9. “I performed an incision and drainage on the abscess, but did not obtain culture of the purulent material, and now my patient has returned with a worsening infection.”

When possible, a culture should be obtained from purulent lesions. The results of wound cultures can help guide antimicrobial therapy in the event of treatment failure, and may spare the patient from receiving costly broad-spectrum antibiotics.

10. “I thought my patient may have necrotizing fasciitis, so I started broad-spectrum antibiotics and admitted him to the hospital.”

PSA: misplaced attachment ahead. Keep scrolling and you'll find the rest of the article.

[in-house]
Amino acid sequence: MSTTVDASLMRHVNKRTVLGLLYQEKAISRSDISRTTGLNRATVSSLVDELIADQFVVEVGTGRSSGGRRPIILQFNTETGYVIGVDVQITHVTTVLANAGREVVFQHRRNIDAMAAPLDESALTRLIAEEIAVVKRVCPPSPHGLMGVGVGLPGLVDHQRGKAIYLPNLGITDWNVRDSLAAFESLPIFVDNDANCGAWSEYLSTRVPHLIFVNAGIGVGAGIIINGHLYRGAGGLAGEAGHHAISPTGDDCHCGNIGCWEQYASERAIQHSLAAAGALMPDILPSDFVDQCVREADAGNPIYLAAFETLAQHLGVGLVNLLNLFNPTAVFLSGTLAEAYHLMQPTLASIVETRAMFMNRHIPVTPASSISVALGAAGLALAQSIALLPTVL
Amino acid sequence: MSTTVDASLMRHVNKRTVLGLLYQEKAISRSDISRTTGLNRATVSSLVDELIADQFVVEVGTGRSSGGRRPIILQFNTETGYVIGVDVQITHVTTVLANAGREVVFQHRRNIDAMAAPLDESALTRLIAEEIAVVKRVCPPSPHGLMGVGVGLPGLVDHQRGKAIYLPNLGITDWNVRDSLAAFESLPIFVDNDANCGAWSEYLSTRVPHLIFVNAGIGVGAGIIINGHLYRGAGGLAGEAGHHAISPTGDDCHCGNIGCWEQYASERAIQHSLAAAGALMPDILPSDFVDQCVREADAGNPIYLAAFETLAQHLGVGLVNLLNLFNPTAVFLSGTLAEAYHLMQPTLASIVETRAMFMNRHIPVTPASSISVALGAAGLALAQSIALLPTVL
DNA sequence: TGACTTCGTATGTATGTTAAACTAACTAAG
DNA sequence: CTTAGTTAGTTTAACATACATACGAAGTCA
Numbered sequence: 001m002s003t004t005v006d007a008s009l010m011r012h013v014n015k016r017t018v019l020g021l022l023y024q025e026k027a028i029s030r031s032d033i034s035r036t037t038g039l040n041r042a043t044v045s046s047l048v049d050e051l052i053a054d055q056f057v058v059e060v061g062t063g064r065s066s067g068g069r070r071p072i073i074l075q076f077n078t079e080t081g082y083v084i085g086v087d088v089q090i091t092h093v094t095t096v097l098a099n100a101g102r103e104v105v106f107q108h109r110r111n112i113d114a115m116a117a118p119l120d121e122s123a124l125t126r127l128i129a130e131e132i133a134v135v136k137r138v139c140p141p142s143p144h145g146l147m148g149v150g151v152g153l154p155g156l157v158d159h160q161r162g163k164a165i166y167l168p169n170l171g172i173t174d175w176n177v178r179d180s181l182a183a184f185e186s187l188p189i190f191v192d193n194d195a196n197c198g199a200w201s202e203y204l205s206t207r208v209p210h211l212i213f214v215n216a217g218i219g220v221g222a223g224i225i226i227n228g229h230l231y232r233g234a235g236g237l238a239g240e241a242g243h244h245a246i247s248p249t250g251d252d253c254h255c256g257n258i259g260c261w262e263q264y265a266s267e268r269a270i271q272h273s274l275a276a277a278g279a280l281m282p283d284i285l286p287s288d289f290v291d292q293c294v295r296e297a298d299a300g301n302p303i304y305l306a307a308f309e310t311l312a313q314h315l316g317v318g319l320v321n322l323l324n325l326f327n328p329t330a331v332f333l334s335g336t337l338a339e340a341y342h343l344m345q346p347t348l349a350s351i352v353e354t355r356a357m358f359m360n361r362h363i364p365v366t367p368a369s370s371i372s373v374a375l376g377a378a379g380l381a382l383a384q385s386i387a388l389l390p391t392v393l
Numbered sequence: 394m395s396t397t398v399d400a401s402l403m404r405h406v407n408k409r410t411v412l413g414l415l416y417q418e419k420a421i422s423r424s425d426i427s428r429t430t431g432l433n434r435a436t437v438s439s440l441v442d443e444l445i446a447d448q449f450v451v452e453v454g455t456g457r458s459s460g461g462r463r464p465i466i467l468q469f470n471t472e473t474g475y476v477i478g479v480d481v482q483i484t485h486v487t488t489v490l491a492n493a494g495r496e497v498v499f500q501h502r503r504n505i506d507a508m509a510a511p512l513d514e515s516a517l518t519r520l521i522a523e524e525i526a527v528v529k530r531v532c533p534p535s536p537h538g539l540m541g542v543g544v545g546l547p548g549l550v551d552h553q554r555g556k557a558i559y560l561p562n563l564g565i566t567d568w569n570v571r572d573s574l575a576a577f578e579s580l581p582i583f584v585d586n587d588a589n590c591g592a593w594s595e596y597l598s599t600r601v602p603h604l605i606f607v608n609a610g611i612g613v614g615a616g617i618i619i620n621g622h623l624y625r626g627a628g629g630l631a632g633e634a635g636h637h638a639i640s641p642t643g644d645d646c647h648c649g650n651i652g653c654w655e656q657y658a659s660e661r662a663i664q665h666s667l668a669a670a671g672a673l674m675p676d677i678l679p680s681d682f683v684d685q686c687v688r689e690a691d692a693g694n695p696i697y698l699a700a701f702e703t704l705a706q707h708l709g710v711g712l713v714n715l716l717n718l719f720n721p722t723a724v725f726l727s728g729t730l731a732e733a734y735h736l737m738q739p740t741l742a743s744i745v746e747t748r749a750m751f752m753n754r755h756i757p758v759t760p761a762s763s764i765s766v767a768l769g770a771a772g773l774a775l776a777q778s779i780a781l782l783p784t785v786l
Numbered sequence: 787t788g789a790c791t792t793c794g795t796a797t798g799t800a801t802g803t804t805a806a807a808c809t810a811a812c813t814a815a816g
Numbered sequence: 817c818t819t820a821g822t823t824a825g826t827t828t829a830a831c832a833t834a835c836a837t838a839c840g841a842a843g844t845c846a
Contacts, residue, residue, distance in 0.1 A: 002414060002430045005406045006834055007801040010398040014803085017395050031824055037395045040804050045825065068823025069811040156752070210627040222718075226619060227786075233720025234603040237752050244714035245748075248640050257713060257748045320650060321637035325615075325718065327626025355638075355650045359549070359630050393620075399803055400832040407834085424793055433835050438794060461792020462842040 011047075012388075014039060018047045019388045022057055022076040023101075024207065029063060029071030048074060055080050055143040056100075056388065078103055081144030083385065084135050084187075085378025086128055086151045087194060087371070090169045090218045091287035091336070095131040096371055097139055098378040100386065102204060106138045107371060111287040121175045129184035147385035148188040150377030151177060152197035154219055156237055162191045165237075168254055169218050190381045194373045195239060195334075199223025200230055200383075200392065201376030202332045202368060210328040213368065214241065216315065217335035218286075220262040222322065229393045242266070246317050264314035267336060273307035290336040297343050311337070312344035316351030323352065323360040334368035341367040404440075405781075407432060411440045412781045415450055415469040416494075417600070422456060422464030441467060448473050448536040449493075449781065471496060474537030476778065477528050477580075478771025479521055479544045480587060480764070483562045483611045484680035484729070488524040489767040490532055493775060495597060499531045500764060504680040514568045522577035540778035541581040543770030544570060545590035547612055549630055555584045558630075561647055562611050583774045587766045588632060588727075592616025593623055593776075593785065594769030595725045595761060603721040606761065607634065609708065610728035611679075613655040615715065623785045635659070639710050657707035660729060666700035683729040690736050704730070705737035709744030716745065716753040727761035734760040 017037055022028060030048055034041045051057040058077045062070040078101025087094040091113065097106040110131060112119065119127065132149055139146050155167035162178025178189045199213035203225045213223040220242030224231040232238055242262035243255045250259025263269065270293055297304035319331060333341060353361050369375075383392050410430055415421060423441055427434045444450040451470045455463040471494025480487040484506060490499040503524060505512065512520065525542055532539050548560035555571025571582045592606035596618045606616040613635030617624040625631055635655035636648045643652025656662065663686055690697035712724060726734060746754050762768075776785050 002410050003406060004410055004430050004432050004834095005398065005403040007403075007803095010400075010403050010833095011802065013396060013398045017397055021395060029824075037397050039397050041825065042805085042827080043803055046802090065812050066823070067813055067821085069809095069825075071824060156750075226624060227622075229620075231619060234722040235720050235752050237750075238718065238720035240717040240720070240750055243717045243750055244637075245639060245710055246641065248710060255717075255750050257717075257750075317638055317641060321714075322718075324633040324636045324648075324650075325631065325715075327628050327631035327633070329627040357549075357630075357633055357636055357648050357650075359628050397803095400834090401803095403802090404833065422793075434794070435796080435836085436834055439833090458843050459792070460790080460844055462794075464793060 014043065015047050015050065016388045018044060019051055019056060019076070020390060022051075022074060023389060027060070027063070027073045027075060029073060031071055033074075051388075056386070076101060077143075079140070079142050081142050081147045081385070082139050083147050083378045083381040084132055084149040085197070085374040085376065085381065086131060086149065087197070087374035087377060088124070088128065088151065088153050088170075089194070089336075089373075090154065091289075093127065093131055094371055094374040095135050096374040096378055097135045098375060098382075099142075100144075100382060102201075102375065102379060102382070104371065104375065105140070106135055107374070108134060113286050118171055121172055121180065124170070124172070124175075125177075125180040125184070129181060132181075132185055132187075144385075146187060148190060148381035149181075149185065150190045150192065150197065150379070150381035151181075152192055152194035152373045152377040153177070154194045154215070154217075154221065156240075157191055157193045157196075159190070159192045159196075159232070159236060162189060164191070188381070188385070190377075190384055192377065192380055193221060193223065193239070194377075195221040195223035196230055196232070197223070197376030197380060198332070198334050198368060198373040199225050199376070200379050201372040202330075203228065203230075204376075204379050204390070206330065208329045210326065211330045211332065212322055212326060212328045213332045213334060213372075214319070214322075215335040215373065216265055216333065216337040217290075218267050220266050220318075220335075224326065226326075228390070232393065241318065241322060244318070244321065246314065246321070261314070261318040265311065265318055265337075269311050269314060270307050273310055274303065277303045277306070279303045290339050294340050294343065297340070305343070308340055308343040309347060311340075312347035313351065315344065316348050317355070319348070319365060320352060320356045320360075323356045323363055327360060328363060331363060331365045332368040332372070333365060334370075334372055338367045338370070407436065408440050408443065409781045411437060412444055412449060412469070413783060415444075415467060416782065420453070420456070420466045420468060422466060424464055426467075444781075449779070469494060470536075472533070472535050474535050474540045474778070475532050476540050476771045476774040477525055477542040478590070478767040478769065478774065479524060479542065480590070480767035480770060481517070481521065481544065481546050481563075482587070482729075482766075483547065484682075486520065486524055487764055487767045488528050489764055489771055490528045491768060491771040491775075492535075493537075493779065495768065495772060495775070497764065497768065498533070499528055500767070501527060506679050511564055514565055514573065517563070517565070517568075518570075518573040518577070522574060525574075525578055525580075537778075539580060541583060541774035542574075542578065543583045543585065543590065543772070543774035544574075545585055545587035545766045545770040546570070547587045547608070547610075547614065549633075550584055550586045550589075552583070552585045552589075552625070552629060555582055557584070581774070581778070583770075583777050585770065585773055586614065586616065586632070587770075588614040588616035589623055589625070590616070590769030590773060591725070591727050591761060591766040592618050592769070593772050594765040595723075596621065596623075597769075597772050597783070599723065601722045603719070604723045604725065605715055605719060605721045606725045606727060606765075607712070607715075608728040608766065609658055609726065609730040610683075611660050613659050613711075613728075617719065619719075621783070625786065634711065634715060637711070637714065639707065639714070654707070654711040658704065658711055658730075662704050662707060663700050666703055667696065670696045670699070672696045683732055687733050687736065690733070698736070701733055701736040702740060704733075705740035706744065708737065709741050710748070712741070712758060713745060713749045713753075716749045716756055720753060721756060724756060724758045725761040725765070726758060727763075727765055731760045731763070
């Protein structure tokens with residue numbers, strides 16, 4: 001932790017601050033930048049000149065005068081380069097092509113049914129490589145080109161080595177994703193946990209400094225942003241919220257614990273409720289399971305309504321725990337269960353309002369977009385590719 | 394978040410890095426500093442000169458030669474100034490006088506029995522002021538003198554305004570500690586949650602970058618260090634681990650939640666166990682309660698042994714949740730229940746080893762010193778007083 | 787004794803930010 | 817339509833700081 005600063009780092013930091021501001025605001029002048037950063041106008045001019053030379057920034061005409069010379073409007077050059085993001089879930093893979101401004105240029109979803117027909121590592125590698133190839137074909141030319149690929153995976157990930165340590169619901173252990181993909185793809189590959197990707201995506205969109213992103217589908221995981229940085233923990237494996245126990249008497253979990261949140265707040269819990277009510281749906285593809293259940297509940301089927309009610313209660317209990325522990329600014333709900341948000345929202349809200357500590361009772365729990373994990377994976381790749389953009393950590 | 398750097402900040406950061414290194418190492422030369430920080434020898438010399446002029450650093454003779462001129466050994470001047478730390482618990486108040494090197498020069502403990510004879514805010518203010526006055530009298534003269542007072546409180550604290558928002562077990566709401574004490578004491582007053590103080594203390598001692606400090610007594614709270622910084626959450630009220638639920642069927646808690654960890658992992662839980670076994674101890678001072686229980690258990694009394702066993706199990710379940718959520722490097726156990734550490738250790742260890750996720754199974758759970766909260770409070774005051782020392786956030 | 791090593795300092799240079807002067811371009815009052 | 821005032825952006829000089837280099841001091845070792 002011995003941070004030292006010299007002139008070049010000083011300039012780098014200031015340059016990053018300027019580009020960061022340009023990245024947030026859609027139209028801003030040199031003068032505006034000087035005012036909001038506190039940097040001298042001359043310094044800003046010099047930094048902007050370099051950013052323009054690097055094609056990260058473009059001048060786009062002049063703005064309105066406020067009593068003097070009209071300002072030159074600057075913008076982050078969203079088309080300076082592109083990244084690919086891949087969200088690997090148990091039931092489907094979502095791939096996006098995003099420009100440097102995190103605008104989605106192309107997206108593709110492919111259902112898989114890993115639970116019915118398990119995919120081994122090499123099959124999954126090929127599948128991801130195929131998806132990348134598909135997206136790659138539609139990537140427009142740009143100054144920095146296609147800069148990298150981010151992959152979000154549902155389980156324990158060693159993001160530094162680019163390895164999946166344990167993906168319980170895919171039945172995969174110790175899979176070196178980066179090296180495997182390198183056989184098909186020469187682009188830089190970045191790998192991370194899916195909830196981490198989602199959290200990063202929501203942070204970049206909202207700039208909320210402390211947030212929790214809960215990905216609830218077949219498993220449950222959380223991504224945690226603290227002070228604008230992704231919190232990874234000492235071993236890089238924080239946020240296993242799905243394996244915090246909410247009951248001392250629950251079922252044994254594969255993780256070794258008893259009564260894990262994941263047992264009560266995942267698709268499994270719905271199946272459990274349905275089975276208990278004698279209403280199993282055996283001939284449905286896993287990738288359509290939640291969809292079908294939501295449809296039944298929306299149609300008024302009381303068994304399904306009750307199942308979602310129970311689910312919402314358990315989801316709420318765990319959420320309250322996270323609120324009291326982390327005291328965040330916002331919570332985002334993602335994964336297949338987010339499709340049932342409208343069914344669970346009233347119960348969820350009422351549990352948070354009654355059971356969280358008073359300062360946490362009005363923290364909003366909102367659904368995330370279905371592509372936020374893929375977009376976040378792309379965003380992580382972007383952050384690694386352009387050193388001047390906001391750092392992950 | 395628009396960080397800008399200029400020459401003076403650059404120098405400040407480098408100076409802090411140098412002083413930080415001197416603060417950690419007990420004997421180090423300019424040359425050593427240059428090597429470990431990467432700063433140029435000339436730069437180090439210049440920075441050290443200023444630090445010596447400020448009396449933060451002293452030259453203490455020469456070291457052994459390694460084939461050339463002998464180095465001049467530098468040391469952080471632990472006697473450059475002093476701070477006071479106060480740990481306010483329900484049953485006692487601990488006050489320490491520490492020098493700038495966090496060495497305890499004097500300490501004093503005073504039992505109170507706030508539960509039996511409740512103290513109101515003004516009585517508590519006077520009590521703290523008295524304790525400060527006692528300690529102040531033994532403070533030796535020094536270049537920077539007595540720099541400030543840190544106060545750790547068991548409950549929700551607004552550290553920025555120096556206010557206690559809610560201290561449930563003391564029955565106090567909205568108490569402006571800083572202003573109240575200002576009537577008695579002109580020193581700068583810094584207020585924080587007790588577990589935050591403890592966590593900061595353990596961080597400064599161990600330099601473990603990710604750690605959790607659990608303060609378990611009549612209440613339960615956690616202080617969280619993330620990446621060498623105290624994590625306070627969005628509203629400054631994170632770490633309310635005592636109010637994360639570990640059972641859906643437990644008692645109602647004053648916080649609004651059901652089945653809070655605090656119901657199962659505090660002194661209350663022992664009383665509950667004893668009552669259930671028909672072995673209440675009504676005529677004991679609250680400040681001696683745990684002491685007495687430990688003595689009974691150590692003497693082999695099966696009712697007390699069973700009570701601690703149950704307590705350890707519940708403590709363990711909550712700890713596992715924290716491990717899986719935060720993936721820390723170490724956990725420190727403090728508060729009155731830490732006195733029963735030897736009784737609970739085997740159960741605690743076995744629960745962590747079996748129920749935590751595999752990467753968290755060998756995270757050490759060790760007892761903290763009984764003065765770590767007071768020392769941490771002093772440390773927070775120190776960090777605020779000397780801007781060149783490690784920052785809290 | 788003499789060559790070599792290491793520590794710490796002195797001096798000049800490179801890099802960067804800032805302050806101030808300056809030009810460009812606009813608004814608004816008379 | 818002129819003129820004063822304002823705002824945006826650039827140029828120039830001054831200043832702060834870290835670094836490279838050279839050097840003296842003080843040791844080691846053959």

In patients suspected of having necrotizing fasciitis, emergent surgical consult is imperative. Antibiotics have little effect on the infection prior to surgery due to the poor vascular supply of the necrotic tissue. Delays in proper treatment can increase patient morbidity and mortality.

Tables and Figures

Table 1. Treatment Of Impetigo

References

Evidence-based medicine requires a critical appraisal of the literature based upon study methodology and number of subjects. Not all references are equally robust. The findings of a large, prospective, randomized, and blinded trial should carry more weight than a case report. To help the reader judge the strength of each reference, pertinent information about the study, such as the type of study and the number of patients in the study will be included in bold type following the references cited in this paper, as determined by the author, will be noted by an asterisk (*) next to the number of the reference.